Remember from the beginning of this response that a big part of the safety concerns are for the cyclists themselves.


 +   1 person likes this
Posted by RemoveTheGates&MakeAdditionalParkImprovements, a resident of Barron Park,
on Jul 15, 2016 at 2:19 pm

I am not the person you claim I am. I feel sorry for the bloke you have been so hard on. Maybe if you weren't so hard on people, people would not be afraid to use their real name to comment. You judged me to be someone else entirely and were rather hard on me based on this mistaken identity. Not everyone in barron park is on the email list you mention.
Reasonable people with good intentions can still disagree over matters of substance.

> "And on and on and on.
I have been involved in similar exchanges off-and-on for roughly two decades. My assessment is that the bicycle advocates are simply trying to win by exhausting the other stakeholders."

Your insistence on labeling people who bicycle occasionally as bicycle advocates who care only of themselves is part of the problem. As my initial comment stated, I walk on the path, run on the path, and bicycle on the path. Bicycling is the thing I do least of those three. I also drive on Matadero to visit a friend who lives on the uphill side of the path every 1-2 weeks. The thing I do most frequently is walk in the evening on the path, 2-3 times a week. By labeling people incorrectly you dis-value their perspective and what they have to contribute.

Hiding behind kids safety is a smokescreen camouflaging your true intentions to ban bikes from the path entirely. The layout of the parking adjacent to the park, the playground, and the pathway, does not require parents to unload small children and cross the pathway to access the park and the playground. I trust Gunn "parent" on what's best for kids safety. See "parent" comment on this article here:
Web Link



 +   1 person likes this
Posted by Douglas Moran, a Palo Alto Online blogger,
on Jul 15, 2016 at 3:45 pm

Douglas Moran is a registered user.

> "I am not the person you claim I am."
There was only one person in the discussions on BPA-issues and my blogs who claimed to be providing an explanation of the dangers of the chicanes and then you stated that you had provided such an explanation. Consequently, I assumed equivalence. In your initial comment, you described contention for passage through the chicane (inflating it to be "conflict"). If this is what you were referring to, be aware that brief delays waiting for your turn is not "danger". Under such reasoning, every traffic light and stop sign is "dangerous" and needs to be removed.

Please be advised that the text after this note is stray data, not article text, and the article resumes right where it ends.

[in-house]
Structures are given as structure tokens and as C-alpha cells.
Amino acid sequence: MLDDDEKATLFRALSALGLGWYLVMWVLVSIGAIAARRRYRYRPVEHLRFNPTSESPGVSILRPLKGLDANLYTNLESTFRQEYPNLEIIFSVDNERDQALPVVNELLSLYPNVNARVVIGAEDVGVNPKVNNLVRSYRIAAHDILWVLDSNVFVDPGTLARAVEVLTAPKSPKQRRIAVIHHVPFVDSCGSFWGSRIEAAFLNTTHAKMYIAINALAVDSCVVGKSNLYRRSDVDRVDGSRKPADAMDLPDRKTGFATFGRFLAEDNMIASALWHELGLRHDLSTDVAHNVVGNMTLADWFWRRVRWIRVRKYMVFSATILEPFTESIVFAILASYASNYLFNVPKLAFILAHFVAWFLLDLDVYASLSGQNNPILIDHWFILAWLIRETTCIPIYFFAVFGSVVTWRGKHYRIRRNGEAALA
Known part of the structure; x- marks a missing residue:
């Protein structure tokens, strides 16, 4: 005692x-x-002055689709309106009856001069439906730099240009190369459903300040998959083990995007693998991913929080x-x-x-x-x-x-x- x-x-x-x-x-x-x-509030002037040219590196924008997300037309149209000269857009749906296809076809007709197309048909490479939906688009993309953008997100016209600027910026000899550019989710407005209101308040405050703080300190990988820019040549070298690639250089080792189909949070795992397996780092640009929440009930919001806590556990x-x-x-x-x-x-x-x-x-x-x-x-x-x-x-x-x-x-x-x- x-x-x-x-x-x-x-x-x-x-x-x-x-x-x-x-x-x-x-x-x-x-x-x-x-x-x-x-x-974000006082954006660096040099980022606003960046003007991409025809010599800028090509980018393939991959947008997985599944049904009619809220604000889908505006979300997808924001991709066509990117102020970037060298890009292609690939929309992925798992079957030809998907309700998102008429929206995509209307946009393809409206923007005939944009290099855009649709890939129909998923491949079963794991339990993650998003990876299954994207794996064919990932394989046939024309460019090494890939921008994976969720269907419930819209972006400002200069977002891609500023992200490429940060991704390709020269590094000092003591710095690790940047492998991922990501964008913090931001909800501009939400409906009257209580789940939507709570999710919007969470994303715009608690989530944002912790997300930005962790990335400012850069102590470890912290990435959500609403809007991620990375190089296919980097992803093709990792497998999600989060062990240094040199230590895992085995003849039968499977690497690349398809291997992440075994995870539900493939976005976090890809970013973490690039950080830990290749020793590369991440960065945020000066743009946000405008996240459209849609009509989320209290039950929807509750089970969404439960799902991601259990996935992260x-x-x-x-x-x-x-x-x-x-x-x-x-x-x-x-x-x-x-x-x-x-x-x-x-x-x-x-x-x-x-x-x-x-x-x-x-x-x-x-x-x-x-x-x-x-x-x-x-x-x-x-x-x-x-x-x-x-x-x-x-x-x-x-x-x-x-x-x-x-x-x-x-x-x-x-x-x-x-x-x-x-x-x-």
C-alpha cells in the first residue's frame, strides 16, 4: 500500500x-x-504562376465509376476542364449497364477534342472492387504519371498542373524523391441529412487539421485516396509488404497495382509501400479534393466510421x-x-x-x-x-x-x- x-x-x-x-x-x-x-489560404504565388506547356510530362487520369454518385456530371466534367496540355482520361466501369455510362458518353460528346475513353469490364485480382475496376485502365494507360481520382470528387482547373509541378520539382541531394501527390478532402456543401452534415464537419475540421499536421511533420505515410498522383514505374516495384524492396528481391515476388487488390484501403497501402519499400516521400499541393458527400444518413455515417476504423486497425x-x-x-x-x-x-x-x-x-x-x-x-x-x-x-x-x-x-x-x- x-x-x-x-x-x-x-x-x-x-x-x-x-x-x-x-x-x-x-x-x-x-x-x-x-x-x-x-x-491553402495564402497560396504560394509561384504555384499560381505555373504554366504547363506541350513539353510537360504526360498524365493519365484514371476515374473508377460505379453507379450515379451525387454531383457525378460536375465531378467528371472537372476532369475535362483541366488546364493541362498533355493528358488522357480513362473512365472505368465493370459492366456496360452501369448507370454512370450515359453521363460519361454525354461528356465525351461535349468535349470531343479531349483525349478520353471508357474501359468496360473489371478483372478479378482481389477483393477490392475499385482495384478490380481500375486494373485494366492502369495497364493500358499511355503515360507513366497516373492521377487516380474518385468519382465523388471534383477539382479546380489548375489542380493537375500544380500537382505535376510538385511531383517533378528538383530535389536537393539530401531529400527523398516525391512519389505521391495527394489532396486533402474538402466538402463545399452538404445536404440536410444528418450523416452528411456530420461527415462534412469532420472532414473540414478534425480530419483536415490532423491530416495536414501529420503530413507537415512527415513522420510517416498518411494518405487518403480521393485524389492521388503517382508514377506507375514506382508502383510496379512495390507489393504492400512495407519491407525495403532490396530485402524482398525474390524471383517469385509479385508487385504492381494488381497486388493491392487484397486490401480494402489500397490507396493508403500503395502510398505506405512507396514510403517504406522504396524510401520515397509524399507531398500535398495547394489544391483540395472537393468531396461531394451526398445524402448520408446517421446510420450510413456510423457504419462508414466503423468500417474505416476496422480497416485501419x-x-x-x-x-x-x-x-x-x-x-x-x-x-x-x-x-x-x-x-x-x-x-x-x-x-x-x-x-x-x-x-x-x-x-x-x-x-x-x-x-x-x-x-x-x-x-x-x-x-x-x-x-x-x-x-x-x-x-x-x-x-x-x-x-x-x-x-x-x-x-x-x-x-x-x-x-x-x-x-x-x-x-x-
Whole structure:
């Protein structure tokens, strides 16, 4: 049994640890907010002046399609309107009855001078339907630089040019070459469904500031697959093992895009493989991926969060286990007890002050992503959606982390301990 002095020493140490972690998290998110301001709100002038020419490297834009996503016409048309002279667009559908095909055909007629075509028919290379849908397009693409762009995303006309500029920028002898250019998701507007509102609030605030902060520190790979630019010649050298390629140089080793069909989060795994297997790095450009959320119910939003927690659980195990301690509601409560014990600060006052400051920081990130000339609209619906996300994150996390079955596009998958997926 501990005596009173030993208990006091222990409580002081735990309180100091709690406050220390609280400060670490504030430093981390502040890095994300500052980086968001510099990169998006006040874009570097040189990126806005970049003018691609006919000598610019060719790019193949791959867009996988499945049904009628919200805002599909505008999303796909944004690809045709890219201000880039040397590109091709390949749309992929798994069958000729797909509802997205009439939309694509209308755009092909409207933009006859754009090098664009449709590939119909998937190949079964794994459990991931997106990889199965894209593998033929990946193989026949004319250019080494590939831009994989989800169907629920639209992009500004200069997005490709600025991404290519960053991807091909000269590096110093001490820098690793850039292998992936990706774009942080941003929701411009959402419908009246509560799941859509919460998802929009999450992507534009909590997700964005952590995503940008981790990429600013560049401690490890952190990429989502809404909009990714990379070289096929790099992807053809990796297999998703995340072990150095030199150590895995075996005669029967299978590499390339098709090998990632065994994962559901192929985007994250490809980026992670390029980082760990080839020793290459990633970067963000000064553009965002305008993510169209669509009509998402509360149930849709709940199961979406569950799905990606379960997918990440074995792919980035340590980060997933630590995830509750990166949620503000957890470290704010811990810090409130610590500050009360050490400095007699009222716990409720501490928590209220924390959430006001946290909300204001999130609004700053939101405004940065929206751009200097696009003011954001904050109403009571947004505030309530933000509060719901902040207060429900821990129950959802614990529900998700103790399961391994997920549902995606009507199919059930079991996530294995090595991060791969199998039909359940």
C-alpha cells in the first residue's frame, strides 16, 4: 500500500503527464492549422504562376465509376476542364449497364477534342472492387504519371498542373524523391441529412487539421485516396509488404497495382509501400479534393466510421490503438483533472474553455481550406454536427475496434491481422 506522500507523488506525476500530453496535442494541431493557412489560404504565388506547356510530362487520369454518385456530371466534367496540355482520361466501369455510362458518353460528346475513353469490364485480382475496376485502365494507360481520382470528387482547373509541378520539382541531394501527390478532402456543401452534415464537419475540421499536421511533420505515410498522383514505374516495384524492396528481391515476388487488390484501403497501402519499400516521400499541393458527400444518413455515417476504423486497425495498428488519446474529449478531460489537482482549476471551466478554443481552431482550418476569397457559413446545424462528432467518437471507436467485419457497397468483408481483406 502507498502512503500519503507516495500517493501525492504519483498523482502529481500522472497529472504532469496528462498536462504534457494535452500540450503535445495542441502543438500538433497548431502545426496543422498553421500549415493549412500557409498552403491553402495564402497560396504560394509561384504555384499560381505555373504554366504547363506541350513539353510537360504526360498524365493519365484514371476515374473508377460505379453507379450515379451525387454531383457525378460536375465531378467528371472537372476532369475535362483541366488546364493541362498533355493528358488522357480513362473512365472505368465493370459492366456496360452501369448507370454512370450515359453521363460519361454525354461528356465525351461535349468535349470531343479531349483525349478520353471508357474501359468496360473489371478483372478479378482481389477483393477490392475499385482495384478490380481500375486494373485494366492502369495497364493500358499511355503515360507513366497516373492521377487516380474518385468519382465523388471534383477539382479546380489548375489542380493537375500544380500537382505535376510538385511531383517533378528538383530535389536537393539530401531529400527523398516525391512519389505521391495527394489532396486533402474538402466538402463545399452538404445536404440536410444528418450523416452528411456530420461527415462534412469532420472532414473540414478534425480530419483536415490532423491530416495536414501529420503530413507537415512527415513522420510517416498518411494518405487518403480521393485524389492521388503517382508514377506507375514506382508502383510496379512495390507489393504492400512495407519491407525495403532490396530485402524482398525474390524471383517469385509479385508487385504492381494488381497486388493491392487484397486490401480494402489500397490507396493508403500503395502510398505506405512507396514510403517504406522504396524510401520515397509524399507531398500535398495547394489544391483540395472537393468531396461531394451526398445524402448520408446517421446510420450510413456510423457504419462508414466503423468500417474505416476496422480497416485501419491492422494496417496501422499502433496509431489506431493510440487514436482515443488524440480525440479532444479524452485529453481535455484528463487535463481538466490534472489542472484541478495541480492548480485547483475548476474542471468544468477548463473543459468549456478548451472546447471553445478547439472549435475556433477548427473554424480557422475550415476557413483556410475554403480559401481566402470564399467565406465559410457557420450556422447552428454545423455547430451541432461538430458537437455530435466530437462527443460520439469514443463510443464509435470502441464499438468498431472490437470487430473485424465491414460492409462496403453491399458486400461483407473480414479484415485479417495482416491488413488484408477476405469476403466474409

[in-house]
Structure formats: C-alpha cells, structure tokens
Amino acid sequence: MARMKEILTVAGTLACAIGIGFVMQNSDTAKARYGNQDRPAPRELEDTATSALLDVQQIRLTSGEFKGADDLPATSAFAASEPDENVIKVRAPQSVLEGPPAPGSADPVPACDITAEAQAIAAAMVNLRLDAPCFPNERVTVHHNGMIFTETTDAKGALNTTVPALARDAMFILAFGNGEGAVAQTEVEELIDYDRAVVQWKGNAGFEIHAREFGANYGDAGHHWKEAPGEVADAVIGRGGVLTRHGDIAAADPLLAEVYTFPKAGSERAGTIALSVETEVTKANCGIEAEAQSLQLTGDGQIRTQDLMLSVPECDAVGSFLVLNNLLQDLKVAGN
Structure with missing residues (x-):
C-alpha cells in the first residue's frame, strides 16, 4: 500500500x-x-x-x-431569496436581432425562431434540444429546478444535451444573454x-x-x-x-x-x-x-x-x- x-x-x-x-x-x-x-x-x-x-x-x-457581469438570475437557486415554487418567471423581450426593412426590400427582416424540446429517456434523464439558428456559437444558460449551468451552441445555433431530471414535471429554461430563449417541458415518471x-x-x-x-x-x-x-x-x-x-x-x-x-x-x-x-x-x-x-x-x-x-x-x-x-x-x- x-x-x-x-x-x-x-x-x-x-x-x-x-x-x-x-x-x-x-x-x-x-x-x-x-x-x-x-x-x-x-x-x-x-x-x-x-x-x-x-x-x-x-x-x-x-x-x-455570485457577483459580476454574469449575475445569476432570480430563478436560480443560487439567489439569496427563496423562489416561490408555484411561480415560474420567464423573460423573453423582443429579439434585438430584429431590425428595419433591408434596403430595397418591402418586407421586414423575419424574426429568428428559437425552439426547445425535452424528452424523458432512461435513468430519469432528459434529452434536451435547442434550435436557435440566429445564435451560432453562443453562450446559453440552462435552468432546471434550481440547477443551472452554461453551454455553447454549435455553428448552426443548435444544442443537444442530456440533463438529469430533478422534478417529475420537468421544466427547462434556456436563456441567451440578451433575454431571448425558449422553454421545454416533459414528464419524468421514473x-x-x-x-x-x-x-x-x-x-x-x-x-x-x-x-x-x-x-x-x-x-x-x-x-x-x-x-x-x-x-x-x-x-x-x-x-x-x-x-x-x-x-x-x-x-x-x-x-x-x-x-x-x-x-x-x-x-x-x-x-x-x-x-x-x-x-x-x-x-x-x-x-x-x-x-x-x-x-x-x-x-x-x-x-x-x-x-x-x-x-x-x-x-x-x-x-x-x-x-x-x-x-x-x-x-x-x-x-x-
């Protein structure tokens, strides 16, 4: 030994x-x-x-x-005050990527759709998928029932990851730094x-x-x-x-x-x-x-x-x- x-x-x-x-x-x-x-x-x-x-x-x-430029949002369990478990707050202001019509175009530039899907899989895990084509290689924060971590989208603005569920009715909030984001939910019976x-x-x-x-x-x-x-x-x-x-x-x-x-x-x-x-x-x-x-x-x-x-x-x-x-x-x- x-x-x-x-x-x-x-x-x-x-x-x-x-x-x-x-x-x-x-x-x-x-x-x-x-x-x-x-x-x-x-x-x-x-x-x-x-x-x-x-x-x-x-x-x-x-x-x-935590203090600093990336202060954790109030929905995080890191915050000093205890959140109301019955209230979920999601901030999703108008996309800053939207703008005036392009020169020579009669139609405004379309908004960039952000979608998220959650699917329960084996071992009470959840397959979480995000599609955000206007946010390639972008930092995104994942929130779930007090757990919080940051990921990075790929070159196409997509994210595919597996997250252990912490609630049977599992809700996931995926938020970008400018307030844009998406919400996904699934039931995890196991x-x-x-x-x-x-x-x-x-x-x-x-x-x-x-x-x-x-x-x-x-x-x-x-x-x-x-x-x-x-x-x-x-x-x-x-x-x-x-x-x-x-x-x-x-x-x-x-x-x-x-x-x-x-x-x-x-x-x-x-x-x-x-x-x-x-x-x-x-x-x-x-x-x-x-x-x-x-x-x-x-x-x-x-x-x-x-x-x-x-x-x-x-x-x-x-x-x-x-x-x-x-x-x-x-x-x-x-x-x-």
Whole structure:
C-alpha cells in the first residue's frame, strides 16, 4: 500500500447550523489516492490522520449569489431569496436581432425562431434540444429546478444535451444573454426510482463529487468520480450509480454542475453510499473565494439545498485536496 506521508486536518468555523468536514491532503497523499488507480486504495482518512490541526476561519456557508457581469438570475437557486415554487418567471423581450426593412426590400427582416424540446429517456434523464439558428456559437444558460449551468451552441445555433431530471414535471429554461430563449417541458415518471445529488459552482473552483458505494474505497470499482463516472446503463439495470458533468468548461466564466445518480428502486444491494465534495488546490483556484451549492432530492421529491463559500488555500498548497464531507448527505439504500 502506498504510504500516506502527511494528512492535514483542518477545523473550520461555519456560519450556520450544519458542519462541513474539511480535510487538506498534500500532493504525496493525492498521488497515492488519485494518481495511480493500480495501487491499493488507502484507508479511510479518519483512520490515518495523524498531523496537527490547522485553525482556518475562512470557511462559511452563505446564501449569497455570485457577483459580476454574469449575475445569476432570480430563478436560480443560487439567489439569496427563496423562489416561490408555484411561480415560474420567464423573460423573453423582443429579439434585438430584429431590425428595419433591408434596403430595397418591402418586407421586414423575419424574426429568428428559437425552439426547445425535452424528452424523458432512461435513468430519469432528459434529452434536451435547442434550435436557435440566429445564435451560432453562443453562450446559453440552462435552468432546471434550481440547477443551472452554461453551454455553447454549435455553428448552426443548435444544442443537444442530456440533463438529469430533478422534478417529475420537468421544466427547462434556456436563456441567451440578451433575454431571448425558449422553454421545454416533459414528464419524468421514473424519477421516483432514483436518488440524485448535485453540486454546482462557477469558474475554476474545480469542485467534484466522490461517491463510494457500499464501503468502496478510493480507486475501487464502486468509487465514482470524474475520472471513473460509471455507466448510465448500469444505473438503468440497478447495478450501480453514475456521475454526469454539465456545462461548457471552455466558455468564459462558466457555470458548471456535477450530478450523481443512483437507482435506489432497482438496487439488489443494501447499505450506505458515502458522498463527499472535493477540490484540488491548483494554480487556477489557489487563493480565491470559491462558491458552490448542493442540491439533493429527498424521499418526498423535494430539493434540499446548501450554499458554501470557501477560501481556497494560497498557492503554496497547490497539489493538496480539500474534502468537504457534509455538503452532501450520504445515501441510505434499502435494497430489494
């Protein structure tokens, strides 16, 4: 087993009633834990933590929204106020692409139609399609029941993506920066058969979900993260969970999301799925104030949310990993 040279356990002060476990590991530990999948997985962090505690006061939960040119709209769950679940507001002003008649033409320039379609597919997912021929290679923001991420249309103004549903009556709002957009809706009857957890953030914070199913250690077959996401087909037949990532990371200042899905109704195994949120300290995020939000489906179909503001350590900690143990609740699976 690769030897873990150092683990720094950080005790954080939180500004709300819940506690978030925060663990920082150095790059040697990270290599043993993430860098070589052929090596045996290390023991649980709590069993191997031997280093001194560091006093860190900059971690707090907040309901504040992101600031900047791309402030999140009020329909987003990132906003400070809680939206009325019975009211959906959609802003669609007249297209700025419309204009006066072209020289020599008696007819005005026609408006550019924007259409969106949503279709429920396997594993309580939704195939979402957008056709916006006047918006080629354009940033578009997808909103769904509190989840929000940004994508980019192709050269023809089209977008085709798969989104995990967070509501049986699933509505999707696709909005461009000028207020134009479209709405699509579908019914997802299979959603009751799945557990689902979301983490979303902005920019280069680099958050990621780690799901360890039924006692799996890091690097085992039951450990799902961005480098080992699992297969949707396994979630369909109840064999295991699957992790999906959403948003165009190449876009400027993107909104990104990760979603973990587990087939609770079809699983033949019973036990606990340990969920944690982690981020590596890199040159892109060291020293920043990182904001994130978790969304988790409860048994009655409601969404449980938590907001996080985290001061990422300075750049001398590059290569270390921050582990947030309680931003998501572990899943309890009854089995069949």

> "Your insistence on labeling people who bicycle occasionally as bicycle advocates who care only of themselves is part of the problem."
Disingenuous. I didn't label you that because of your being an occasional bicyclist, but because you engaged in strong advocacy for one perspective at the exclusion of others (hence "advocate") and when there were important safety issues (hence "care only of themselves").


> "Hiding behind kids safety is a smokescreen camouflaging your true intentions to ban bikes from the path entirely."
False. If one can't present credible counter-arguments to a case, make an ad hominem attack (normally this would get such a message deleted here). What I stated as the #1 concern was safety for bicyclists crossing Matadero, and this somehow becomes me wanting to ban bicyclists. My statement mentioning banning cyclists was that if they refused to try to accommodate others, they are the ones that should suffer--if one takes an all-or-nothing approach, prepare to get nothing. If the commenter lacks the basic reading comprehension to understand this pattern, he doesn't belong in this discussion. And if he does, but chooses to pretend otherwise, he similarly doesn't belong here.

> "The layout of the parking adjacent to the park, the playground, and the pathway, does not require parents to unload small children and cross the pathway to access the park and the playground."
This statement undercuts the the commenter's repeated claim about knowing the park. He should have noticed that a significant proportion (about 60%?) of the (very limited) parking on the park's side of the street requires walking along the shared path (or in a travel lane of a busy street). (While there are no official parking spaces on the other side of the street, the shoulder provides some additional parking).

> "I trust Gunn "parent" on what's best for kids safety. See "parent" comment on this article here:
Web Link"

That comment is not credible. It claims "These bicycle traps are a lawsuit waiting to happen. I've seen kids on the way to school crash into them and fall of their bikes. Especially in the morning when groups of kids are riding to school, someone in the middle or back of the group may have a hard time seeing the traps"
Notice that it apparently would have you believe that Gunn students are so "intellectually challenged" that they cannot remember from one day to the next that the chicanes are there on their route (but rather they need to see them). BS. The choice of the word "trap" for "chicane" is also a tip-off that that commenter is not being honest.

> "Maybe if you weren't so hard on people, people would not be afraid to use their real name to comment."
On the blog, I expect people to have an understanding of how to participate honestly and productively in a non-interactive discussion, part of which is appreciation for the "precision of language" and avoiding transparently invalid logical arguments. I realize that most colleges no longer teach their undergraduates these skills, but I do expect their graduates to have the tools to quickly acquire those skills upon entering the workplace. I expect commenters to have reading comprehension adequate to be admitted to a selective college (reading comprehension includes understanding how others are likely to interpret what one has written).